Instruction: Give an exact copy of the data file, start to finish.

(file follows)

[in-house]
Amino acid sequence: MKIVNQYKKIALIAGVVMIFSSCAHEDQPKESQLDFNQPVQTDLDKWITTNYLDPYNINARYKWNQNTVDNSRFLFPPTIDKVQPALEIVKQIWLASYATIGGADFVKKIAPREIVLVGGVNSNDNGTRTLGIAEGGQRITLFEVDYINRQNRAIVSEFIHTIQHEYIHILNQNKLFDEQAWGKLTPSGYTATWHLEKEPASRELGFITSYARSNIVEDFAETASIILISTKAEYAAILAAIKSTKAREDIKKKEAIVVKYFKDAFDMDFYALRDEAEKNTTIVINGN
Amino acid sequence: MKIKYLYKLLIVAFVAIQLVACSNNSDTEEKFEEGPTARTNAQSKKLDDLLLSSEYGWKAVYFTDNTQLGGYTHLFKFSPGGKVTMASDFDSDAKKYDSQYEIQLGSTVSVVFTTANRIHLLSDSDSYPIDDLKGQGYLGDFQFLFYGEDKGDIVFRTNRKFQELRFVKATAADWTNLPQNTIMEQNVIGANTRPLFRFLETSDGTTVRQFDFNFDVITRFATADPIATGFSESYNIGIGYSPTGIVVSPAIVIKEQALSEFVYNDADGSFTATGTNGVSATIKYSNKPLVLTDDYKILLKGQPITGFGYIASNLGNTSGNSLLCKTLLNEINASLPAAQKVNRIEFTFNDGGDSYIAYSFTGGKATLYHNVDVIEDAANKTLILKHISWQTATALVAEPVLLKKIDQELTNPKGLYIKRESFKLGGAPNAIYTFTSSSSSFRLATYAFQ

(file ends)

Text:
[in-house]
Amino acid sequence: MKIVNQYKKIALIAGVVMIFSSCAHEDQPKESQLDFNQPVQTDLDKWITTNYLDPYNINARYKWNQNTVDNSRFLFPPTIDKVQPALEIVKQIWLASYATIGGADFVKKIAPREIVLVGGVNSNDNGTRTLGIAEGGQRITLFEVDYINRQNRAIVSEFIHTIQHEYIHILNQNKLFDEQAWGKLTPSGYTATWHLEKEPASRELGFITSYARSNIVEDFAETASIILISTKAEYAAILAAIKSTKAREDIKKKEAIVVKYFKDAFDMDFYALRDEAEKNTTIVINGN
Amino acid sequence: MKIKYLYKLLIVAFVAIQLVACSNNSDTEEKFEEGPTARTNAQSKKLDDLLLSSEYGWKAVYFTDNTQLGGYTHLFKFSPGGKVTMASDFDSDAKKYDSQYEIQLGSTVSVVFTTANRIHLLSDSDSYPIDDLKGQGYLGDFQFLFYGEDKGDIVFRTNRKFQELRFVKATAADWTNLPQNTIMEQNVIGANTRPLFRFLETSDGTTVRQFDFNFDVITRFATADPIATGFSESYNIGIGYSPTGIVVSPAIVIKEQALSEFVYNDADGSFTATGTNGVSATIKYSNKPLVLTDDYKILLKGQPITGFGYIASNLGNTSGNSLLCKTLLNEINASLPAAQKVNRIEFTFNDGGDSYIAYSFTGGKATLYHNVDVIEDAANKTLILKHISWQTATALVAEPVLLKKIDQELTNPKGLYIKRESFKLGGAPNAIYTFTSSSSSFRLATYAFQ